For example, if I request photos of Chicanos in the Texas-Mexico border area, and a stock providerís keyword search turns up several police-drama type shots of Border Patrol agents nabbing people out in the sagebrush, guess what happens? Do I get (a) a phone call or an e-mail asking me if this is what I had in mind, or (b) an e-mail lightbox full of the above, with no offer to look further in case I wanted regular, law-abiding Chicanos riding the bus to work? The answer is (b). And what are the chances of inappropriate Border Patrol images being considered for use? Zero. Do the math: how "profitable" is it for the stock provider to eschew in-depth searching?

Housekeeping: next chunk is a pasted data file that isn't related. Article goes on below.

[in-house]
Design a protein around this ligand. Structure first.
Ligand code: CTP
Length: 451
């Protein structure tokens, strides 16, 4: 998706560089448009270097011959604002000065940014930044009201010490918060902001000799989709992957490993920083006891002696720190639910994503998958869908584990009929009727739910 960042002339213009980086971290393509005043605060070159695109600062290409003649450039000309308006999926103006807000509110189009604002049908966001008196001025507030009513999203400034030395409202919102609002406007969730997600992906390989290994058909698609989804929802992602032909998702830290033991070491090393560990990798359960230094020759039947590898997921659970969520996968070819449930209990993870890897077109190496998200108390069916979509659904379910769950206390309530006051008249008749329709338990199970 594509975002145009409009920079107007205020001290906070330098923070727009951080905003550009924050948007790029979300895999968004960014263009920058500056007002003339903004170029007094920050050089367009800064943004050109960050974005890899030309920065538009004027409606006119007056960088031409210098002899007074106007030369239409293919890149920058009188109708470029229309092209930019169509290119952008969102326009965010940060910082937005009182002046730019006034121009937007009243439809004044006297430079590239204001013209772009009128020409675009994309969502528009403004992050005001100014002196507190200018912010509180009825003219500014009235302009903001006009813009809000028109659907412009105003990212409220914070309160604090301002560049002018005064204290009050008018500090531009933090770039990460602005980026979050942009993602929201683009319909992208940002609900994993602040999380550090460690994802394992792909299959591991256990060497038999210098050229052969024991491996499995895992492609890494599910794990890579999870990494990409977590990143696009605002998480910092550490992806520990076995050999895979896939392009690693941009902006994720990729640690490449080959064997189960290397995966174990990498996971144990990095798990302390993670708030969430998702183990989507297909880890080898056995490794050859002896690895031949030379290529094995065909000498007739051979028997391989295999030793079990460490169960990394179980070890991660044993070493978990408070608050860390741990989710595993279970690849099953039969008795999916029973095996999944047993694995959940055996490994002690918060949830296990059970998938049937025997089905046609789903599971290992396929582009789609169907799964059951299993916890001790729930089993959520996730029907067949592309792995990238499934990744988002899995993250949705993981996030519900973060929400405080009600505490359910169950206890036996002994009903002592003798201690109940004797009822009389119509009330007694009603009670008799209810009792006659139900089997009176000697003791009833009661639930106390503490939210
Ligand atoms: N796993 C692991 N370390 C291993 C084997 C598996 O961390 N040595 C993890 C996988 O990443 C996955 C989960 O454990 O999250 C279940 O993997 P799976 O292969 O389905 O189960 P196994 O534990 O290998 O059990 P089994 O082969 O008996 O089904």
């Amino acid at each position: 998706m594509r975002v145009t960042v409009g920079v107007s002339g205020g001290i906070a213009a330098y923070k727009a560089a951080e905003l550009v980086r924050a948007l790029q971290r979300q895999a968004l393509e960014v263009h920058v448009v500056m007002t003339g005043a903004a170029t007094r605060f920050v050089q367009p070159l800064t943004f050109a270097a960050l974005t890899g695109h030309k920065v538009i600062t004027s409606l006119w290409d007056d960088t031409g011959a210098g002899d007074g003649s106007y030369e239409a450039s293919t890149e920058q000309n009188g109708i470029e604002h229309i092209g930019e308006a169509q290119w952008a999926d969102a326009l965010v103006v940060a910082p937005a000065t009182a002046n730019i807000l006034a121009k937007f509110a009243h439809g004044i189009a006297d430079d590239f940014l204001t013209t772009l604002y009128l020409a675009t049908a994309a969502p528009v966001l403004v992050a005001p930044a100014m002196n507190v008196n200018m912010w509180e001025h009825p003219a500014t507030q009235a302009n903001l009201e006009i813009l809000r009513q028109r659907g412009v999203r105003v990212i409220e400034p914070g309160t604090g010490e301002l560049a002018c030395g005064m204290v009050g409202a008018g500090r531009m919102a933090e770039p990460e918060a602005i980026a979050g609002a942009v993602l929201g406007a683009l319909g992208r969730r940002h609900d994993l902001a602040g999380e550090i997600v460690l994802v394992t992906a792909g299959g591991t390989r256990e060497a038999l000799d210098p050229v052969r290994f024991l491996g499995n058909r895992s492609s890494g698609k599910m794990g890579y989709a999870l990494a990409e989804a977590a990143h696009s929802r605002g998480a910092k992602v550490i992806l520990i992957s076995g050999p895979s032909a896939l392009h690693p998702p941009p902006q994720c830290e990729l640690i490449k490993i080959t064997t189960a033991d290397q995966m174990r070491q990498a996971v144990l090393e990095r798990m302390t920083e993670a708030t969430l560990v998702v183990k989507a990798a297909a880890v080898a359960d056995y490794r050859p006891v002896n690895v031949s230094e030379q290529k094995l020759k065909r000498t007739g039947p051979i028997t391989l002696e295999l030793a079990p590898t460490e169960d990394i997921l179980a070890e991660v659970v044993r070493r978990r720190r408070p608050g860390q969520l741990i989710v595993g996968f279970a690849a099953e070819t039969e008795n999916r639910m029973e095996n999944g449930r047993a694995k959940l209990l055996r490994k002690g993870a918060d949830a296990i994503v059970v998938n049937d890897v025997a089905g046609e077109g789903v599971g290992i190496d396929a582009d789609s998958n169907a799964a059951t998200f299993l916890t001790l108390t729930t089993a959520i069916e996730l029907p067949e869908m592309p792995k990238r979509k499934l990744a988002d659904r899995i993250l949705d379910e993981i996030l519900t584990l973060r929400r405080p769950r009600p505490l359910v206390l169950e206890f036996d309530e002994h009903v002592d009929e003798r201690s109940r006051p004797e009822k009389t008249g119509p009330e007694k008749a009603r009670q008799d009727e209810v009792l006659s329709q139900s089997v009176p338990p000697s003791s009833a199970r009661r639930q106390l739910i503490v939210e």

False assumption number 2: That photos submitted by Agency A donít need to be compared side by side with those from Agency B, Agency C, and so on. Once Iíve received batches of images, I need to organize them. A typical textbook could easily have 350 photos, hence 350 different concepts tied to manuscript pages that need to be illustrated photographically. My authors need to select images based on what they illustrate, not what agency they came from or who shot them.
If I could afford hardware and software on a par with what the most techno-savvy agencies are using, my slicing and dicing task would be just as easy, if not easier, on the computer compared to the low-tech method of inserting transparencies into little paper folders labeled with concepts and keyed to manuscript pages. But -- surprise -- my budget is limited. And the fact that different agencies use different systems means that I would have a very hard time setting up my office to be compatible with all of them.